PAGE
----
BEIRUT: Manbij risks becoming the next major flashpoint in Syria's tangled war, with Turkey threatening to expand its fight against Kurdish militia to the northern town, where US troops are based.
Amid escalating fears of a possible confrontation between Turkish and US forces in Manbij, just 30 kilometres (19 miles) south of the Turkish border, here is a short history of the strategic town.
Rebels, jihadists, Kurds
When Syria's conflict broke out in 2011, Manbij had a population of 120,000, including both ethnic Arabs and Kurds.
Rebels overran the town in 2012 and it fell to the Islamic State jihadist group two years later.
Its strategic location between the Turkish border and IS's de facto capital Raqa made it an important way station for the transportation of IS fighters, weapons, and money.
In 2016, the Syrian Democratic Forces (SDF) alliance waged a two-month battle for Manbij, backed by the US-led coalition's air strikes and advisors.
After ousting IS from Manbij in August 2016, the SDF handed over the Arab-majority town to an affiliated civil council.
It became a place of refuge for thousands displaced by the ongoing fighting against IS elsewhere.
US in Manbij 'buffer'
The US-led coalition has steadily backed the SDF since the alliance's formation since 2015, providing it with air strikes, advisors, and eventually weapons to fight IS.
After helping the SDF capture Manbij from IS, US military troops remained in the town, which lies in Syria's northern province of Aleppo.
Simultaneously, IS jihadists were losing territory all around Manbij to competing forces, with Russian-backed Syrian government troops to the south and Turkey-backed rebels to the north.
That put US forces stationed in Manbij at the centre of a de facto buffer zone between the bitterly divided factions.
In March 2017, the Pentagon said it had sent additional troops to the town "to deter parties from attacking any other parties other than ISIS itself."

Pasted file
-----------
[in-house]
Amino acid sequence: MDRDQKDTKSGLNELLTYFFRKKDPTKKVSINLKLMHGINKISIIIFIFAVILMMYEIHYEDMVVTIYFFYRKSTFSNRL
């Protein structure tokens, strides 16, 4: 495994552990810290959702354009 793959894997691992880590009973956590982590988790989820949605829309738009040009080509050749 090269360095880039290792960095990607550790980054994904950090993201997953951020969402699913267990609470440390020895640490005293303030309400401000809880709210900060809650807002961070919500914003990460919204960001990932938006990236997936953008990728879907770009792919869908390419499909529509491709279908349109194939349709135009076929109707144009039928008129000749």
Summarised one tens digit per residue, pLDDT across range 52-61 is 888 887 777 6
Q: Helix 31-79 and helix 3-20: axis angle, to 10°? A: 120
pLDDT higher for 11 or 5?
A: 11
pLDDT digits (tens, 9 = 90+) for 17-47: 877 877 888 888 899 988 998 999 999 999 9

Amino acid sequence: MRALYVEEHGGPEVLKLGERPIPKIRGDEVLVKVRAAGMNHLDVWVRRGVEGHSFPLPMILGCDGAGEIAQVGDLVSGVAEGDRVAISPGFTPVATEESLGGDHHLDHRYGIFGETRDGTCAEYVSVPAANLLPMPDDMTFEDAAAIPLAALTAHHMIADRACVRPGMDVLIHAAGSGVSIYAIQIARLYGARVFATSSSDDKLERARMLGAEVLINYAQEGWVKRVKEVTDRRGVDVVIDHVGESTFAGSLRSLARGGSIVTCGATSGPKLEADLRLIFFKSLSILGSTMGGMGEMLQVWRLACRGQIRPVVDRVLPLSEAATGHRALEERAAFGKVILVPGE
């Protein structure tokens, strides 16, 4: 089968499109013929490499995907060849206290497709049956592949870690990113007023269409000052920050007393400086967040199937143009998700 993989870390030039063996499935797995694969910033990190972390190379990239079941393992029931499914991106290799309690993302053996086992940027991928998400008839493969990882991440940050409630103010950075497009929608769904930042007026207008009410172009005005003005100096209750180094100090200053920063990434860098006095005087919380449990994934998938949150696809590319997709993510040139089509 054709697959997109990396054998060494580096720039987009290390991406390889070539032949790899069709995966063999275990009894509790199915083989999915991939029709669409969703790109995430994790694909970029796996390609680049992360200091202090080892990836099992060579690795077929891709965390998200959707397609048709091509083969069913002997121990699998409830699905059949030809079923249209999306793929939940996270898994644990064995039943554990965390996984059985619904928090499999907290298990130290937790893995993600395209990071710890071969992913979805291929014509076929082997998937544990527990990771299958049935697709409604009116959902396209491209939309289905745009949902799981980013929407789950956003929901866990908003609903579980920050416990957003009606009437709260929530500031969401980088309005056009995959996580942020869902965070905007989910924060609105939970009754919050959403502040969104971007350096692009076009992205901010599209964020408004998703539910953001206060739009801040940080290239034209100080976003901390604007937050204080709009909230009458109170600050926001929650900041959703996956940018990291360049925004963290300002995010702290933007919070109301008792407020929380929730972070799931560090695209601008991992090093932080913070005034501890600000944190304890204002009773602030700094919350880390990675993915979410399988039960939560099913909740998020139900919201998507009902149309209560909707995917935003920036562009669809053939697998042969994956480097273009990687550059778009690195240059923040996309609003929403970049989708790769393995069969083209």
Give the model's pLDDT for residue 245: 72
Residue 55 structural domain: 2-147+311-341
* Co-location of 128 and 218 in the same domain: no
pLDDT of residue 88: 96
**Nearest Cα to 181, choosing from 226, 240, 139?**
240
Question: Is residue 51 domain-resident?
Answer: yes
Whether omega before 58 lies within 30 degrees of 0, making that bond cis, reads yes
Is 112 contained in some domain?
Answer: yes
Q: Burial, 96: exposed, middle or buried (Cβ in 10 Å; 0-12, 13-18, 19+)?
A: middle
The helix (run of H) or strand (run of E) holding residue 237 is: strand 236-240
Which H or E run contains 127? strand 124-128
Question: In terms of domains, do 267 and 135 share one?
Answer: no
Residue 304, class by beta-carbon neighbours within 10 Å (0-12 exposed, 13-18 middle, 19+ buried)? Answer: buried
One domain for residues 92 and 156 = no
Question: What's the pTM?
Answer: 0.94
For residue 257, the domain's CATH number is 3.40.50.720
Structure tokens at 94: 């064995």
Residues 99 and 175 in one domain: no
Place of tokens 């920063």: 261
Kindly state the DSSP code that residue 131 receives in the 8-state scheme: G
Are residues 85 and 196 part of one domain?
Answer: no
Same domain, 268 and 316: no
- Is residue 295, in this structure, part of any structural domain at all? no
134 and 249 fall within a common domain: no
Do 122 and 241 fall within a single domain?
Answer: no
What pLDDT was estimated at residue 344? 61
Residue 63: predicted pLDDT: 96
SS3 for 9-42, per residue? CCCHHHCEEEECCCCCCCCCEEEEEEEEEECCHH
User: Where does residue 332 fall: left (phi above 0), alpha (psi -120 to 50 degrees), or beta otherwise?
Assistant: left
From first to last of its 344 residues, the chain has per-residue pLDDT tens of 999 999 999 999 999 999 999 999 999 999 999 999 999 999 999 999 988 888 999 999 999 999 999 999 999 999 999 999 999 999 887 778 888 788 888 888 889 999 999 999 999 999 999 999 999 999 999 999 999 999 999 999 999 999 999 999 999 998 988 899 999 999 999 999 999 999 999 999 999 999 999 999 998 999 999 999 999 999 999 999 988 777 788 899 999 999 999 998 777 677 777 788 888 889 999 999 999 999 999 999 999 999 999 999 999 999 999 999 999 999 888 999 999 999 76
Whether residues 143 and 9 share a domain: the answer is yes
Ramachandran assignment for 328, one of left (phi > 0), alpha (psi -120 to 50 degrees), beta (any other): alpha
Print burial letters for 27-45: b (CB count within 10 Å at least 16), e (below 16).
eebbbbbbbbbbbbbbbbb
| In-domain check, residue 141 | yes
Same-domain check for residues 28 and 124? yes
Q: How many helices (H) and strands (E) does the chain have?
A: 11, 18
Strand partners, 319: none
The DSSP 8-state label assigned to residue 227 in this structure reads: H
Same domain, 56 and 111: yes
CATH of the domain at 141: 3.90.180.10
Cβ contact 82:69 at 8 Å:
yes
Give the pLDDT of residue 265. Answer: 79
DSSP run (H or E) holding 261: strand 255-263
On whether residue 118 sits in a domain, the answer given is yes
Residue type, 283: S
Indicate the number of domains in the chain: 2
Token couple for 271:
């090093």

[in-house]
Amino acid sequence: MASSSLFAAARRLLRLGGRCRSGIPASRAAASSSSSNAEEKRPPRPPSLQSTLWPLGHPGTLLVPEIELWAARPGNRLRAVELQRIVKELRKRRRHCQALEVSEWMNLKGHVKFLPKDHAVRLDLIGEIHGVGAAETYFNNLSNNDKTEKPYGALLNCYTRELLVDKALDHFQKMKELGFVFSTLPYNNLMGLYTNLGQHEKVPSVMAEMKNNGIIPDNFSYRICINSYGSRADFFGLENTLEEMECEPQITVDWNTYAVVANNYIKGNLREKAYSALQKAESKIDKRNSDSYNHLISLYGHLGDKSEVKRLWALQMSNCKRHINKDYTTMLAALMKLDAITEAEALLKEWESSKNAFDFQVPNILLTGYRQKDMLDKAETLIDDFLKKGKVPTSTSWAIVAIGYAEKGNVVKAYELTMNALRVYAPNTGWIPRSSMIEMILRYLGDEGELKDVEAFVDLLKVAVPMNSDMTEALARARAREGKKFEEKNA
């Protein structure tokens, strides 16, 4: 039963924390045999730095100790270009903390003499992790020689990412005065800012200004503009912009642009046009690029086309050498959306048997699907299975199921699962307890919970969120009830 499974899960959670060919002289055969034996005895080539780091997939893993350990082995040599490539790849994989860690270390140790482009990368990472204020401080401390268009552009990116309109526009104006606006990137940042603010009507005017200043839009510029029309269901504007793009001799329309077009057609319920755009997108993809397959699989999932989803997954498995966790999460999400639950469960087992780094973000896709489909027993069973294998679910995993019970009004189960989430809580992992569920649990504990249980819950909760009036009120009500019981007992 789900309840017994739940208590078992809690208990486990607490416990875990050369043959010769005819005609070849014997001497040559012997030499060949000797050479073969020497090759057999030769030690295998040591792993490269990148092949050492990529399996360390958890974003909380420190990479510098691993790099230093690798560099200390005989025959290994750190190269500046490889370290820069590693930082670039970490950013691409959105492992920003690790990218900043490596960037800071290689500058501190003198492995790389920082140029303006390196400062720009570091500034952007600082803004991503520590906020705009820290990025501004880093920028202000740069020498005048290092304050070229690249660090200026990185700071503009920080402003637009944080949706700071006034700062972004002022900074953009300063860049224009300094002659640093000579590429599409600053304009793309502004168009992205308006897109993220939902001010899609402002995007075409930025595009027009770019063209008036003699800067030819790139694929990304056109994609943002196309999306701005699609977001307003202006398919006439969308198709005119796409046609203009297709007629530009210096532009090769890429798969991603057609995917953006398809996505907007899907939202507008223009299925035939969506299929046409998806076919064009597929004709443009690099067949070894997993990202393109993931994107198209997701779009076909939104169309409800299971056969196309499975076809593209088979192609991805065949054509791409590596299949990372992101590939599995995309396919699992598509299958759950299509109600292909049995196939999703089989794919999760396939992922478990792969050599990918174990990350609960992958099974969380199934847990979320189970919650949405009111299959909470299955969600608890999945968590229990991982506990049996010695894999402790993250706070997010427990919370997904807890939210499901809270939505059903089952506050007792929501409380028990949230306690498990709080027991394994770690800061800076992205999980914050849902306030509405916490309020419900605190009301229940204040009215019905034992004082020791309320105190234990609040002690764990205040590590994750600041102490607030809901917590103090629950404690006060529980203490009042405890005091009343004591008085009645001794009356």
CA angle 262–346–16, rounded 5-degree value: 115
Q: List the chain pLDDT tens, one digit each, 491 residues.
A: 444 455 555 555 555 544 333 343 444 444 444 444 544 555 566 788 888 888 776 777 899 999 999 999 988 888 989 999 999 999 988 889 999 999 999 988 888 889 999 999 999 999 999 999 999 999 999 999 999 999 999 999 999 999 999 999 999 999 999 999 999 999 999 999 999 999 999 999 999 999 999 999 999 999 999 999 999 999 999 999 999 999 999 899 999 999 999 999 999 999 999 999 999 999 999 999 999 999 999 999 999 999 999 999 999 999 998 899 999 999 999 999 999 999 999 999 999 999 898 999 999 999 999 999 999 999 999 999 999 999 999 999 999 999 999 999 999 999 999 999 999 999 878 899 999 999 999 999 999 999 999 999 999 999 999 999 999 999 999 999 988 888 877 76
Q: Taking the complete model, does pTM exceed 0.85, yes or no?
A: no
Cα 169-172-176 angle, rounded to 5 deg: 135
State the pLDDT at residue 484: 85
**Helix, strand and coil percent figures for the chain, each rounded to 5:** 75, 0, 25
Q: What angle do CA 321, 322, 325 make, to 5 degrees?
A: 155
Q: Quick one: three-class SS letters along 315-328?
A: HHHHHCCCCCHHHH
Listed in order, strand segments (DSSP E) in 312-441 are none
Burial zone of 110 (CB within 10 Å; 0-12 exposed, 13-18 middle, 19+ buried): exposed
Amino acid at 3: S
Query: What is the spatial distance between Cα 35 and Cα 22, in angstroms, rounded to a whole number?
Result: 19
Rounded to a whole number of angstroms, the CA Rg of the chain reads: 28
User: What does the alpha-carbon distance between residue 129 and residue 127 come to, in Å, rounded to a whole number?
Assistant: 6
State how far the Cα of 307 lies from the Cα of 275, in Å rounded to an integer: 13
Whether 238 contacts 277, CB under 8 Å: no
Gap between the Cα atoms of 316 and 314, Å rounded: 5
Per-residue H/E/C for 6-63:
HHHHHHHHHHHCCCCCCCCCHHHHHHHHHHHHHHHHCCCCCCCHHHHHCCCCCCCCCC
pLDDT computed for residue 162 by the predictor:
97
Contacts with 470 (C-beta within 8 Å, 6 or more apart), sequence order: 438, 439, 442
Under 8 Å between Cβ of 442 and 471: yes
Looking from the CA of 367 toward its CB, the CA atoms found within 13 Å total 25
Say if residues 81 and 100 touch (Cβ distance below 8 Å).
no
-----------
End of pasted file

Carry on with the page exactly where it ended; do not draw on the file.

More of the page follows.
But the US's presence there has drawn Turkish ire, with President Recep Tayyip Erdogan saying the troops should just withdraw.
"They (Americans) told us they will pull out of Manbij. They said they will not stay in Manbij... Why don't you just go?" Erdogan said in February.
Turkey eyes Manbij
The SDF is dominated by the Kurdish People's Protection Units (YPG) -- a group Turkey sees as the extension of an outlawed Kurdish faction in its own southeast.
Ankara fears a powerful Kurdish presence on its southern border and was enraged when the SDF took Manbij, saying it had been promised the US-backed militia would not expand west of the Euphrates River.
Senior Turkish officials have been threatening to capture Manbij ever since.
Just weeks after the town was taken, Ankara launched a cross-border operation just north of Manbij, fighting both IS and the SDF for eight months.
On January 20, Turkey and its Syrian rebel allies opened a fresh front in the northwestern Kurdish-controlled enclave of Afrin.
They captured Afrin city on March 18, and Erdogan immediately repeated his pledge to move on Manbij next.
NATO allies clash?
Last month, the US and Turkey vowed to work together to solve the Manbij dispute, with Turkey's foreign Minister saying a deal had been agreed that would see Kurdish fighters withdraw from the town.
But with US President Donald Trump's surprise firing of Secretary of State Rex Tillerson, it is unclear whether such an agreement is still in place or will be implemented.
A Turkish assault on the town could risk sparking an unprecedented conflict between two otherwise allied powers.
"Manbij, this little Syrian city just 30 kilometres south of the border, is now the flashpoint between two NATO allies over a substate actor, the YPG," said Aaron Stein, a fellow at the US-based Atlantic Council.
He said Erdogan's threats towards Manbij should not be taken lightly.
"They will figure out a way to go there, perhaps by forcing the US to make concessions through the prospect of intra-NATO war," Stein told AFP.